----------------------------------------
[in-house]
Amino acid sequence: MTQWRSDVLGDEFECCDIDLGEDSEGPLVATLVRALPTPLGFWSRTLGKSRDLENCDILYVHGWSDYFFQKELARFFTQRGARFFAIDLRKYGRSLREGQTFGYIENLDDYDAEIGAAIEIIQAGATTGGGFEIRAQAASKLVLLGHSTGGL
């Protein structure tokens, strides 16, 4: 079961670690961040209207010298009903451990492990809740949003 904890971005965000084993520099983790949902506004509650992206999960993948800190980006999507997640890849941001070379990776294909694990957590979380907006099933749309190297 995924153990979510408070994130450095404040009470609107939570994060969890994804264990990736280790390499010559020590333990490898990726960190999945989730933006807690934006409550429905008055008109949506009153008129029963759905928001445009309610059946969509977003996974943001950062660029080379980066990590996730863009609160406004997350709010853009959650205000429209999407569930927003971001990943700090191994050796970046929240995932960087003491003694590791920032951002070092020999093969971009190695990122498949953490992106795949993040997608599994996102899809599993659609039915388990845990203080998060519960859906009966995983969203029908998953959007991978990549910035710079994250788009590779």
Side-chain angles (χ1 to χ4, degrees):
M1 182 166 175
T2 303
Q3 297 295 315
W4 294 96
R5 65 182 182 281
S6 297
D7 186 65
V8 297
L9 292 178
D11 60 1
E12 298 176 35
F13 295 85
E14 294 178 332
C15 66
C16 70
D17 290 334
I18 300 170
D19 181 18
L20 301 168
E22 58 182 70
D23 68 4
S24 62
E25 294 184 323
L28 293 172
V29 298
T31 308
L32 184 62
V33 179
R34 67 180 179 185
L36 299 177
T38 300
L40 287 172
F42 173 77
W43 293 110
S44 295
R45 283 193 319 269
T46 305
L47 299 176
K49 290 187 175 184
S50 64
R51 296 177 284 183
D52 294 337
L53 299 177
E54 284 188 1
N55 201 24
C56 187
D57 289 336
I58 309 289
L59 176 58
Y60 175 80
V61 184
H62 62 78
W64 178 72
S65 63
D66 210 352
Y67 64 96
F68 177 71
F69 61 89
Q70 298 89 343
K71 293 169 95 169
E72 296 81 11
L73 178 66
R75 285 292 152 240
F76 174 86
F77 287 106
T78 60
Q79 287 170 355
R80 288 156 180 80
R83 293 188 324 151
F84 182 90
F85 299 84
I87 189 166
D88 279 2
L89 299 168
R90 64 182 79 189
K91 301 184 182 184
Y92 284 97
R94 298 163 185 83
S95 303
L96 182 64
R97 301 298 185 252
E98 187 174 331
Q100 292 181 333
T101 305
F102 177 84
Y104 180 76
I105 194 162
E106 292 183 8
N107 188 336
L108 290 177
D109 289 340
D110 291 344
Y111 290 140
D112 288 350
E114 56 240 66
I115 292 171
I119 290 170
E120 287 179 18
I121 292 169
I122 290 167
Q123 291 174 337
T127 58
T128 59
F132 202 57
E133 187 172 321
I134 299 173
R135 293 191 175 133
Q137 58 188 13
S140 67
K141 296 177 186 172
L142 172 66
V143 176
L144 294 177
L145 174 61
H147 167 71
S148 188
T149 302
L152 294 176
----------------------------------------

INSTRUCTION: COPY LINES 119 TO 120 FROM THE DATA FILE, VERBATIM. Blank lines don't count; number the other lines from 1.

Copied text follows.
H147 167 71
S148 188